No more little brothers and sisters sitting on the sidelines watching the game. Now they are the game players, thanks to the growing concern for fitness in America.
Kindergartners now are allowed into soccer leagues, martial arts studios and T-Ball baseball at 4. But is this early introduction really the makings of a future Beckham or A-Rod? Not really.
What it can create, however, is a leg-up on games, such as basketball or tennis, when tots are old enough to compete. But the biggest plus is lots of fun being on a team, wearing a “huge” uniform and hearing the cheers!
Children’s Hospital in Boston has opened the first pediatric sports medicine clinic in the United States. The founder of the clinic, Dr. Lyle Micheli, an orthopedic surgeon, states there isn’t any great advantage in exposing babies to sports. He adds that he is hasn’t found any evidence that the training in infancy accelerates coordination and in fact could cause injury.
The emphasis on an early introduction to sports is best when the focus is on the child, not the prospect of creating a future professional player. However, Dr. Micheli, still does not promote classes for tiny tots. He does not allow their brochures in his clinic.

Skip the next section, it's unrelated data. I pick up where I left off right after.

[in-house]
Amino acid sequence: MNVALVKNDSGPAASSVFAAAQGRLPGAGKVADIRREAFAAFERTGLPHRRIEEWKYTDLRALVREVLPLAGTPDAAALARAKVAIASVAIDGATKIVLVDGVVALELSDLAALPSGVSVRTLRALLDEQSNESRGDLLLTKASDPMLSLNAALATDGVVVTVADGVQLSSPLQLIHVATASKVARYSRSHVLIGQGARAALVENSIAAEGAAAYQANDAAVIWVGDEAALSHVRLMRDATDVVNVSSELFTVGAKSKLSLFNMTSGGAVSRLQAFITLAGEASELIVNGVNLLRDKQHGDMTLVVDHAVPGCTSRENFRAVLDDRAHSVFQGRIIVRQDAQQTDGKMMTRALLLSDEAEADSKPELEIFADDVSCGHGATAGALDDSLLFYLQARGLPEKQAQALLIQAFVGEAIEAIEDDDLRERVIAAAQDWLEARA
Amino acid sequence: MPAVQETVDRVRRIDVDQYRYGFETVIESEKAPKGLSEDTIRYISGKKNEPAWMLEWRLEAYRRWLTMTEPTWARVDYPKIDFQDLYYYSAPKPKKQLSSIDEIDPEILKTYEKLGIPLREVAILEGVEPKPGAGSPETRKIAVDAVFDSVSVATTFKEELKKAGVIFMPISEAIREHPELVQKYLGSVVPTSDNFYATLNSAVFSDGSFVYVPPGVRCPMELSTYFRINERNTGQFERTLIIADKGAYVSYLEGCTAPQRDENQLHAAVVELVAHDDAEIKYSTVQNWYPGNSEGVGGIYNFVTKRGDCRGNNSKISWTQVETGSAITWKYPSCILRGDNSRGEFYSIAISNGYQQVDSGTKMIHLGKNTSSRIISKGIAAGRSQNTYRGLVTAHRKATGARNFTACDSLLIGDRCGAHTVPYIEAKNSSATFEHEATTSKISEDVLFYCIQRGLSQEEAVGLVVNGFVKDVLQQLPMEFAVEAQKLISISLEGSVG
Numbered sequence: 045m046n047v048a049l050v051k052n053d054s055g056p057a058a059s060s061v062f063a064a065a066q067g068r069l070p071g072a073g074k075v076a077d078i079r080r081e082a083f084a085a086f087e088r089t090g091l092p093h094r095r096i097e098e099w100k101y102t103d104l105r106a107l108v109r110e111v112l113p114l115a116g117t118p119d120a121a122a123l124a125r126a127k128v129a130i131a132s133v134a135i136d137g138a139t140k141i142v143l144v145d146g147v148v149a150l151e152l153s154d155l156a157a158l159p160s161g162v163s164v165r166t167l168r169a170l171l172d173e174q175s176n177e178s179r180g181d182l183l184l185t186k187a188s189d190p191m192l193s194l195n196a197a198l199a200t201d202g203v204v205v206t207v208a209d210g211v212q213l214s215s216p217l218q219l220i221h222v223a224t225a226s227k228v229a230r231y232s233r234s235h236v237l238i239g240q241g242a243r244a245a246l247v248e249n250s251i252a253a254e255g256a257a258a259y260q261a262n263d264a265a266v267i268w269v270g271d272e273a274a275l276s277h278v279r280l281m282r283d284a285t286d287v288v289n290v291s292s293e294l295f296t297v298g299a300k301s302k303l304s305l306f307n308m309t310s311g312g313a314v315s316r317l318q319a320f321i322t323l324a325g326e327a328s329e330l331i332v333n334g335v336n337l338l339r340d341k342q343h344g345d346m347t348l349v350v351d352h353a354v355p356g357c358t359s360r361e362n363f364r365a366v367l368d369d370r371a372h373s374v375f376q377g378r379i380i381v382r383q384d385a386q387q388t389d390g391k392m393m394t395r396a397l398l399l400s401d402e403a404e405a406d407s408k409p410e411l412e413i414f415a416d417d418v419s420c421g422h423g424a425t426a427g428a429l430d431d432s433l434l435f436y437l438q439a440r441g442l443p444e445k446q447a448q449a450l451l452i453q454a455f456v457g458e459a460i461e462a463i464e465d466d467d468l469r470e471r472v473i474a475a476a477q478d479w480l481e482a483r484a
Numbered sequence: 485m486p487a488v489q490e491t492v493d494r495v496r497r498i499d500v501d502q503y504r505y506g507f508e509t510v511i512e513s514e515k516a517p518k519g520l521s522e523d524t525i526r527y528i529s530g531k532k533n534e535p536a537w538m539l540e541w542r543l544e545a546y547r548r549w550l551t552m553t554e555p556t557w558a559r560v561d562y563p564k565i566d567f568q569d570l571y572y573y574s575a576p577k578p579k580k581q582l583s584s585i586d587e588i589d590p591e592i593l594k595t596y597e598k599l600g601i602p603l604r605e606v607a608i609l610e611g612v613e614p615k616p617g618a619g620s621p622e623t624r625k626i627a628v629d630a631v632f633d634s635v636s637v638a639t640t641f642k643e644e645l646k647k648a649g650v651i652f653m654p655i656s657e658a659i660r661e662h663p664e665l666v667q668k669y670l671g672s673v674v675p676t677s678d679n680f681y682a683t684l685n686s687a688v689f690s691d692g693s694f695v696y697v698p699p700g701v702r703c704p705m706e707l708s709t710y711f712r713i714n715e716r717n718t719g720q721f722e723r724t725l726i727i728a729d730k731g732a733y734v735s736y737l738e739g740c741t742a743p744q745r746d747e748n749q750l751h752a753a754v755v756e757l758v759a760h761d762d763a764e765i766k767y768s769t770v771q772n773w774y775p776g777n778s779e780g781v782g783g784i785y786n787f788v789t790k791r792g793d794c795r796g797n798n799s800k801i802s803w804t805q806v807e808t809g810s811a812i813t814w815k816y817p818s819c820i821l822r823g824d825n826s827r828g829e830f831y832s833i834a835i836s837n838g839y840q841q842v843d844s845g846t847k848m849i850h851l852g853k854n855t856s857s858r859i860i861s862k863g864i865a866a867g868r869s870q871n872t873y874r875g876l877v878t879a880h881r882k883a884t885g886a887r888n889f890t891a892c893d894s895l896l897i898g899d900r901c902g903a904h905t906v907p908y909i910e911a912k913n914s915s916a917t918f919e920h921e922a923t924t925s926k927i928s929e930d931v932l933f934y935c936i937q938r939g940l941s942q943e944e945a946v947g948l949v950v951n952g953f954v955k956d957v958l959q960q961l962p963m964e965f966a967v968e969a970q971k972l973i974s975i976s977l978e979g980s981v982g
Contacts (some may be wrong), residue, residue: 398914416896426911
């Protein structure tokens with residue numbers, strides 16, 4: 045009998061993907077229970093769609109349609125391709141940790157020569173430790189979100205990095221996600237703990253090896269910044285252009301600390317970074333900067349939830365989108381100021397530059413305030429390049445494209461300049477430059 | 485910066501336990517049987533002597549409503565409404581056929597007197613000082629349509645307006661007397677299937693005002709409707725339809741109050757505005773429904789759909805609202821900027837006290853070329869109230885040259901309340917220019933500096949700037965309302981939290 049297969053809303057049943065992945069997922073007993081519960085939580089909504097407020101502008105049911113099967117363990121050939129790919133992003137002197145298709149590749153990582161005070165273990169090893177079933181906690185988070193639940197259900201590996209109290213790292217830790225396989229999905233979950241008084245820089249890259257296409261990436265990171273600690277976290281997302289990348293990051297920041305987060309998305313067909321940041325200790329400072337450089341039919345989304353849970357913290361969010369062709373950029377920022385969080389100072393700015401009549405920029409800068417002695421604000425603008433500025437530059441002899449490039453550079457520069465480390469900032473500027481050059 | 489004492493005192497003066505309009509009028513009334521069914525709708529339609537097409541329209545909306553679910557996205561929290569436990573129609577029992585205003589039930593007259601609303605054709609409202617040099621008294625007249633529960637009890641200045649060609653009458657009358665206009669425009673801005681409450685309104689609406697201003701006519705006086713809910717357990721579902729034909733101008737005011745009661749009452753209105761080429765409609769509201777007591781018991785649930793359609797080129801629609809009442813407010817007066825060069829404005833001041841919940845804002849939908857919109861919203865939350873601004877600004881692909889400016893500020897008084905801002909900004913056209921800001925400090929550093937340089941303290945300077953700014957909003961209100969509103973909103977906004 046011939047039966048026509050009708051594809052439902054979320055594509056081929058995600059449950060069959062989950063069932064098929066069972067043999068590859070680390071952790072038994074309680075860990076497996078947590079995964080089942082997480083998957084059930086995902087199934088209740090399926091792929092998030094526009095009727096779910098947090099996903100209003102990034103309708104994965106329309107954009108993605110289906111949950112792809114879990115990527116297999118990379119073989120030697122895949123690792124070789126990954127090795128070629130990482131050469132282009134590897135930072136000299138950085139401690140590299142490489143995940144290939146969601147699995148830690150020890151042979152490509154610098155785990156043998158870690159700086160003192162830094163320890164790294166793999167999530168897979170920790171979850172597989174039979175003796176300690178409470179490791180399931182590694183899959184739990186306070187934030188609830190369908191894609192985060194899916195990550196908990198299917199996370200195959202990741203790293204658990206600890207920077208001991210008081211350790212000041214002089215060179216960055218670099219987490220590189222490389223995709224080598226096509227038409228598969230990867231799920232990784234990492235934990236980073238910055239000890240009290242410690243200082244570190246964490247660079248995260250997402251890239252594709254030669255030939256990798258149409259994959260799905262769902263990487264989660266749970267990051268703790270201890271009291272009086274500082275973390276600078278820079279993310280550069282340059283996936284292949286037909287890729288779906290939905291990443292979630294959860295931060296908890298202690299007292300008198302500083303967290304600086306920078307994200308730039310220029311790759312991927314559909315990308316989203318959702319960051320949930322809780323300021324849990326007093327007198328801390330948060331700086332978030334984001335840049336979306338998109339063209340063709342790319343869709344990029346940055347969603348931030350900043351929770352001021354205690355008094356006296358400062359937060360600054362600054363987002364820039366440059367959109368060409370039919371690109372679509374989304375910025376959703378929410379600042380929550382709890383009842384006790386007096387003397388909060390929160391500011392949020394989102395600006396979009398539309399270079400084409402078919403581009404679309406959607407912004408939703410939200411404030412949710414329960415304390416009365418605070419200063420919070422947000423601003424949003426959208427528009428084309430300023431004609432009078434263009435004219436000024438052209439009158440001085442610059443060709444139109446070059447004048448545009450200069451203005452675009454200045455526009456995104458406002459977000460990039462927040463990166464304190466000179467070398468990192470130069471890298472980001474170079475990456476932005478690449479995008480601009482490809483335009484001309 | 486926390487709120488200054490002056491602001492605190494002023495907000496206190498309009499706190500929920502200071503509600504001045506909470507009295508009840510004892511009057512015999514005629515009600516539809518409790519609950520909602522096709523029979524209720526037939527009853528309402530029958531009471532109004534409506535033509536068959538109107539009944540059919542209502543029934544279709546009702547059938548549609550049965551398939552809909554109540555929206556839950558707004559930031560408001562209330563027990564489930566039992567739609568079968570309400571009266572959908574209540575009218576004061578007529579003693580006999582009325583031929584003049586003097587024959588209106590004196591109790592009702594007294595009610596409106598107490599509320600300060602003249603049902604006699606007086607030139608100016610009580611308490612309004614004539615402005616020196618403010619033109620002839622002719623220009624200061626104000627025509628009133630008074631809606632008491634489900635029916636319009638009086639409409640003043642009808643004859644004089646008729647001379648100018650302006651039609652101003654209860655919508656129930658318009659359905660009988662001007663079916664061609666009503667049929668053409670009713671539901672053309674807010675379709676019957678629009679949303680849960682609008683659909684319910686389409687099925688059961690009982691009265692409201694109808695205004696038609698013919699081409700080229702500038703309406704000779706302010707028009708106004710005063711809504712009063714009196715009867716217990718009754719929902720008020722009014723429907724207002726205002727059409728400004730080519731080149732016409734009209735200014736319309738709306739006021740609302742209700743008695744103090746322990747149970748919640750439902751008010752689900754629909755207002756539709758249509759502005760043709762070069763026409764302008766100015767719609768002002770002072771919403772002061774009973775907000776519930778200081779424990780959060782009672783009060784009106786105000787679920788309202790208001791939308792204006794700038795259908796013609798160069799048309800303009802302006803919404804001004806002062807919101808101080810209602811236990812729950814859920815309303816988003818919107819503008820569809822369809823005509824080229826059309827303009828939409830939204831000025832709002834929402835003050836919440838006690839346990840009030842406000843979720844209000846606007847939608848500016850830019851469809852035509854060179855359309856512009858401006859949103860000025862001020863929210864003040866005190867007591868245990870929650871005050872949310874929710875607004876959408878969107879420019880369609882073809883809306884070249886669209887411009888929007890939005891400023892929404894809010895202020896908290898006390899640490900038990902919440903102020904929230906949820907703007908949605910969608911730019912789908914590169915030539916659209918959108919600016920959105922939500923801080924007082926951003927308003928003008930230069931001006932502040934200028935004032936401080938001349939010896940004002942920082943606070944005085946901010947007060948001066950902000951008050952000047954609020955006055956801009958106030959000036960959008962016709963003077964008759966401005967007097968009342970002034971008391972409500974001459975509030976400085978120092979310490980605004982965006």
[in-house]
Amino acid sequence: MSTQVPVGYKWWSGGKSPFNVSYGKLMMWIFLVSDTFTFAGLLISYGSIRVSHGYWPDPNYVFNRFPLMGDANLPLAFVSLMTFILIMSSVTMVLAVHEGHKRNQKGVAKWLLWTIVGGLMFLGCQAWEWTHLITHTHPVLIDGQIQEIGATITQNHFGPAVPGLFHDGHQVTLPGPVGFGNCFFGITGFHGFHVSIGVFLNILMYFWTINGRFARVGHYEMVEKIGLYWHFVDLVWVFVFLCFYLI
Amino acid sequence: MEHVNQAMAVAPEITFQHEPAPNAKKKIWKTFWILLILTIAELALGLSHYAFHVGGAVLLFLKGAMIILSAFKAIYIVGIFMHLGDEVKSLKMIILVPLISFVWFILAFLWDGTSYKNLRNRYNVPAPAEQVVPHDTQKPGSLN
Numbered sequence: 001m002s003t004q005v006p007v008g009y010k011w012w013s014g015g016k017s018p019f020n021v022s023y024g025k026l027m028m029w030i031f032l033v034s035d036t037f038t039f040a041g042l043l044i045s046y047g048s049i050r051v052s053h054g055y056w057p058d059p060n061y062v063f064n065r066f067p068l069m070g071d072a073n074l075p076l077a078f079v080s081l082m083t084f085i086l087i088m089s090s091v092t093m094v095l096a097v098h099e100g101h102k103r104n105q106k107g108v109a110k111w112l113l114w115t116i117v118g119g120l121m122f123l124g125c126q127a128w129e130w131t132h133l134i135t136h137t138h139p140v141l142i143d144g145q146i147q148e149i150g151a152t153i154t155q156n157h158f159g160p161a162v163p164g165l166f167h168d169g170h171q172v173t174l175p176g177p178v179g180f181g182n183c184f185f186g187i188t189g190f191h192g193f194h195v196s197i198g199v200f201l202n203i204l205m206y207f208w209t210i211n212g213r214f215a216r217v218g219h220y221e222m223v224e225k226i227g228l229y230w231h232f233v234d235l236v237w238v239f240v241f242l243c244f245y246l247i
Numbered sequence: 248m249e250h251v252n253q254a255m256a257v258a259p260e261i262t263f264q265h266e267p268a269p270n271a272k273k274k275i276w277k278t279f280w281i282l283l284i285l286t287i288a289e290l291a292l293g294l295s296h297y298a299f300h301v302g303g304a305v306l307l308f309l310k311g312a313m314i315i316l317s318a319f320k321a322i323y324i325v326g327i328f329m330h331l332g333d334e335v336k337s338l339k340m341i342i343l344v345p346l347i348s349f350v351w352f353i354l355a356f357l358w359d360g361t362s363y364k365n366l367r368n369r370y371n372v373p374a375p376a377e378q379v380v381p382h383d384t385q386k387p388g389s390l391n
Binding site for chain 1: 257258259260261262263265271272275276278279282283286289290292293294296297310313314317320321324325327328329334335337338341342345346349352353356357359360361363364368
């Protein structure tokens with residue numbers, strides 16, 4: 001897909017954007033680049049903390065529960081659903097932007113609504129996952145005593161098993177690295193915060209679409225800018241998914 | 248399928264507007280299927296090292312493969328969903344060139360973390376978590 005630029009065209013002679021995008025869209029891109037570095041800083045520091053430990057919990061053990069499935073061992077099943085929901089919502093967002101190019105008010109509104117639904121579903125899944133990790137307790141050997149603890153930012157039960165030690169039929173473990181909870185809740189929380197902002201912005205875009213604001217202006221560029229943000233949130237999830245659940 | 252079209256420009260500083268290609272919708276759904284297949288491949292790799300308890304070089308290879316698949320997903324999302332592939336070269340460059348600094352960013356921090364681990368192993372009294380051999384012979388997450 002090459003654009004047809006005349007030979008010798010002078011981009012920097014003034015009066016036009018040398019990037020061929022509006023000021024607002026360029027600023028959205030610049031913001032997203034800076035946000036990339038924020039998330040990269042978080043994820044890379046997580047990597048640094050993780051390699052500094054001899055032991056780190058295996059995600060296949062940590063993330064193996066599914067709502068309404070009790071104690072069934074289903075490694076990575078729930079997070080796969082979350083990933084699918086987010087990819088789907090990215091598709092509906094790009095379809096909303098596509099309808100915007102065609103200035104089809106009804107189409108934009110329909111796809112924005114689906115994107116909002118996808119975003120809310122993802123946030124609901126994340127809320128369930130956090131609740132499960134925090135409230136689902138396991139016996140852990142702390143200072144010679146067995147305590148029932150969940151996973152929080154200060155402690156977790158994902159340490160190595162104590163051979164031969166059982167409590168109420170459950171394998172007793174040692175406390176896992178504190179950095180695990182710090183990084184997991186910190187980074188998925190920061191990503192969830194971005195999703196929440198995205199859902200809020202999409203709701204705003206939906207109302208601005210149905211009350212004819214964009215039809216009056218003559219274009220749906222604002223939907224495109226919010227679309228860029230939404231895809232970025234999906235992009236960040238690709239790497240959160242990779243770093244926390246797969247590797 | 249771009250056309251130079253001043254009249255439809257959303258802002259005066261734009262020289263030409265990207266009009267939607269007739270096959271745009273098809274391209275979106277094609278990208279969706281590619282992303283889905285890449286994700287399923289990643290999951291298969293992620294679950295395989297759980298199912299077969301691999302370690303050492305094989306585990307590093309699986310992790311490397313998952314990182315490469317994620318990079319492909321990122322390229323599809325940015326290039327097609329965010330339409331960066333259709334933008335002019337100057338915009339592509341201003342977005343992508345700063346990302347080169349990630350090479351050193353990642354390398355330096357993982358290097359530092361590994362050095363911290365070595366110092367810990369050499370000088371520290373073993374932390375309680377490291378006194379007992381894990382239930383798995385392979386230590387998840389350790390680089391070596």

Joining tiny tot gyms is a good start and gives a physical outlet for your little one. Parents participate in the program which then can be followed up at home.
A great DVD produced for babies starting at 6 months is called Discover Sports by Baby Goes Pro covers 5 sports: baseball, basketball, golf, soccer and tennis. It presents the rules and equipment through an animated monkey named Emkei. The younger ones start swinging their toy bats and tennis racquets in response, the older ones get familiar with how the game is played.
The consensus age to enter the team sports scene seems to be 4 – 5 years. Sports such as martial arts, dance, cheer and gymnastics offer good programs for 3 year olds.
Be sure to check out the classes before you sign up. Look for professionals who are aware of individual child development, parent participation and a clean, loving environment.
Visit Little League and AYSO games in your community to give yourself an idea of how the practices are run and how the teams play in competition. Take your little one with you and watch her/his reaction to the activity. Also check out other facilities such as dance and martial arts studios. Remember, parent participation is mandatory for the early years so choose wisely.
Let the Games Begin…..